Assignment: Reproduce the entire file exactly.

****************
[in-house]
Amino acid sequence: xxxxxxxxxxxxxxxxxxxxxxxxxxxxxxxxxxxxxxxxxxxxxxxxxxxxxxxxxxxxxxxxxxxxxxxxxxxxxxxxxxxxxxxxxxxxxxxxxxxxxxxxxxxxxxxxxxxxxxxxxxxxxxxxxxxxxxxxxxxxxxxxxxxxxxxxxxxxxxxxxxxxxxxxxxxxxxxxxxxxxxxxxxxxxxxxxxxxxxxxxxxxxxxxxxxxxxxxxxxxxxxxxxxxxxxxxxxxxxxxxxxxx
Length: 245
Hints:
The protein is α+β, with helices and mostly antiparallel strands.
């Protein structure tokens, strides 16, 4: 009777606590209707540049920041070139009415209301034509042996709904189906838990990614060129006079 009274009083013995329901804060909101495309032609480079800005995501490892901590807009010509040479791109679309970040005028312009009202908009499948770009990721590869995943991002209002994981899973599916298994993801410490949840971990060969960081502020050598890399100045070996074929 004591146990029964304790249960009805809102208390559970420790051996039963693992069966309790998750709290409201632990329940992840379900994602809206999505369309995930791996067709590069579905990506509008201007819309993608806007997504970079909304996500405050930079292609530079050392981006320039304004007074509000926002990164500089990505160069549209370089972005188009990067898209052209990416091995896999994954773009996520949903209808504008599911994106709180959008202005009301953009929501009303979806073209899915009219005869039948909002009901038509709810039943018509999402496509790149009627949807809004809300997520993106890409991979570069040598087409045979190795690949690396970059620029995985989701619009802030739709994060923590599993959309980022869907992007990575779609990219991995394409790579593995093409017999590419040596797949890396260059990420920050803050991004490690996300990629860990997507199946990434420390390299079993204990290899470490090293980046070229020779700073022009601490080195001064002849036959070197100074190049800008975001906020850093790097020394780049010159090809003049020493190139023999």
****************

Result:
[in-house]
Amino acid sequence: xxxxxxxxxxxxxxxxxxxxxxxxxxxxxxxxxxxxxxxxxxxxxxxxxxxxxxxxxxxxxxxxxxxxxxxxxxxxxxxxxxxxxxxxxxxxxxxxxxxxxxxxxxxxxxxxxxxxxxxxxxxxxxxxxxxxxxxxxxxxxxxxxxxxxxxxxxxxxxxxxxxxxxxxxxxxxxxxxxxxxxxxxxxxxxxxxxxxxxxxxxxxxxxxxxxxxxxxxxxxxxxxxxxxxxxxxxxxxxxxxxxxx
Length: 245
Hints:
The protein is α+β, with helices and mostly antiparallel strands.
């Protein structure tokens, strides 16, 4: 009777606590209707540049920041070139009415209301034509042996709904189906838990990614060129006079 009274009083013995329901804060909101495309032609480079800005995501490892901590807009010509040479791109679309970040005028312009009202908009499948770009990721590869995943991002209002994981899973599916298994993801410490949840971990060969960081502020050598890399100045070996074929 004591146990029964304790249960009805809102208390559970420790051996039963693992069966309790998750709290409201632990329940992840379900994602809206999505369309995930791996067709590069579905990506509008201007819309993608806007997504970079909304996500405050930079292609530079050392981006320039304004007074509000926002990164500089990505160069549209370089972005188009990067898209052209990416091995896999994954773009996520949903209808504008599911994106709180959008202005009301953009929501009303979806073209899915009219005869039948909002009901038509709810039943018509999402496509790149009627949807809004809300997520993106890409991979570069040598087409045979190795690949690396970059620029995985989701619009802030739709994060923590599993959309980022869907992007990575779609990219991995394409790579593995093409017999590419040596797949890396260059990420920050803050991004490690996300990629860990997507199946990434420390390299079993204990290899470490090293980046070229020779700073022009601490080195001064002849036959070197100074190049800008975001906020850093790097020394780049010159090809003049020493190139023999």